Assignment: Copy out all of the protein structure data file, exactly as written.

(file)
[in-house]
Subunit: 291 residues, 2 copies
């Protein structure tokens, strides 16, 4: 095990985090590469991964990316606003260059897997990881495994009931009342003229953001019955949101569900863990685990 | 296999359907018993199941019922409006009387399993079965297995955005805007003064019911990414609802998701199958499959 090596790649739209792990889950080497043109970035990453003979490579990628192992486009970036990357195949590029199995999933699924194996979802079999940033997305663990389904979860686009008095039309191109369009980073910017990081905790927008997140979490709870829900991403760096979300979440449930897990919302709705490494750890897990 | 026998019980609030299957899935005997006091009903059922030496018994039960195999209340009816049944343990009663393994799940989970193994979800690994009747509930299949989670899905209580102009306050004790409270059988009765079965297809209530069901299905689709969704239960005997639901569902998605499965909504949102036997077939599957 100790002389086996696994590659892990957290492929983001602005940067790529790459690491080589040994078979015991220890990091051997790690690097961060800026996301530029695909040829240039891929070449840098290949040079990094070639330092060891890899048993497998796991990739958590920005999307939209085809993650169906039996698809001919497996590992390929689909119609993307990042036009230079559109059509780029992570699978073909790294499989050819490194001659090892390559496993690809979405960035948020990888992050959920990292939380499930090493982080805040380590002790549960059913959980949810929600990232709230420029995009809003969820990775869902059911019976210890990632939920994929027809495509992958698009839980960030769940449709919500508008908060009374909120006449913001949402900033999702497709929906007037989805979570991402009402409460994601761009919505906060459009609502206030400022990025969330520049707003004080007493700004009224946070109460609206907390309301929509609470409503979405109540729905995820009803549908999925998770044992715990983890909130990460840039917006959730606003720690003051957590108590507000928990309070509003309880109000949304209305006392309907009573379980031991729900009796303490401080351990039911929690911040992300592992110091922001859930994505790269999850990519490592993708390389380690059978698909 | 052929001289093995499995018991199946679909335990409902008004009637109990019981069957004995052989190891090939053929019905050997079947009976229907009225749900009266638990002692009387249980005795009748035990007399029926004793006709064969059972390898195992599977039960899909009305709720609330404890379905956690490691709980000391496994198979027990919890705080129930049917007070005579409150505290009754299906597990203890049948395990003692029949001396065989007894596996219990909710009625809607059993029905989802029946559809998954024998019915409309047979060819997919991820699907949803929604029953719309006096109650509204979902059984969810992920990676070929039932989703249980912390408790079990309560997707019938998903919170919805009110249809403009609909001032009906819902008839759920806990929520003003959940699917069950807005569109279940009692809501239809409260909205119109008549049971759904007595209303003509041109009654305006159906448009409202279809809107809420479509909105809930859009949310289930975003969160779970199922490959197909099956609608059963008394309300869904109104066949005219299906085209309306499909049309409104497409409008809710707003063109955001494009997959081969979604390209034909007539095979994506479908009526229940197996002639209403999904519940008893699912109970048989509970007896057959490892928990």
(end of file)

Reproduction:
[in-house]
Subunit: 291 residues, 2 copies
């Protein structure tokens, strides 16, 4: 095990985090590469991964990316606003260059897997990881495994009931009342003229953001019955949101569900863990685990 | 296999359907018993199941019922409006009387399993079965297995955005805007003064019911990414609802998701199958499959 090596790649739209792990889950080497043109970035990453003979490579990628192992486009970036990357195949590029199995999933699924194996979802079999940033997305663990389904979860686009008095039309191109369009980073910017990081905790927008997140979490709870829900991403760096979300979440449930897990919302709705490494750890897990 | 026998019980609030299957899935005997006091009903059922030496018994039960195999209340009816049944343990009663393994799940989970193994979800690994009747509930299949989670899905209580102009306050004790409270059988009765079965297809209530069901299905689709969704239960005997639901569902998605499965909504949102036997077939599957 100790002389086996696994590659892990957290492929983001602005940067790529790459690491080589040994078979015991220890990091051997790690690097961060800026996301530029695909040829240039891929070449840098290949040079990094070639330092060891890899048993497998796991990739958590920005999307939209085809993650169906039996698809001919497996590992390929689909119609993307990042036009230079559109059509780029992570699978073909790294499989050819490194001659090892390559496993690809979405960035948020990888992050959920990292939380499930090493982080805040380590002790549960059913959980949810929600990232709230420029995009809003969820990775869902059911019976210890990632939920994929027809495509992958698009839980960030769940449709919500508008908060009374909120006449913001949402900033999702497709929906007037989805979570991402009402409460994601761009919505906060459009609502206030400022990025969330520049707003004080007493700004009224946070109460609206907390309301929509609470409503979405109540729905995820009803549908999925998770044992715990983890909130990460840039917006959730606003720690003051957590108590507000928990309070509003309880109000949304209305006392309907009573379980031991729900009796303490401080351990039911929690911040992300592992110091922001859930994505790269999850990519490592993708390389380690059978698909 | 052929001289093995499995018991199946679909335990409902008004009637109990019981069957004995052989190891090939053929019905050997079947009976229907009225749900009266638990002692009387249980005795009748035990007399029926004793006709064969059972390898195992599977039960899909009305709720609330404890379905956690490691709980000391496994198979027990919890705080129930049917007070005579409150505290009754299906597990203890049948395990003692029949001396065989007894596996219990909710009625809607059993029905989802029946559809998954024998019915409309047979060819997919991820699907949803929604029953719309006096109650509204979902059984969810992920990676070929039932989703249980912390408790079990309560997707019938998903919170919805009110249809403009609909001032009906819902008839759920806990929520003003959940699917069950807005569109279940009692809501239809409260909205119109008549049971759904007595209303003509041109009654305006159906448009409202279809809107809420479509909105809930859009949310289930975003969160779970199922490959197909099956609608059963008394309300869904109104066949005219299906085209309306499909049309409104497409409008809710707003063109955001494009997959081969979604390209034909007539095979994506479908009526229940197996002639209403999904519940008893699912109970048989509970007896057959490892928990």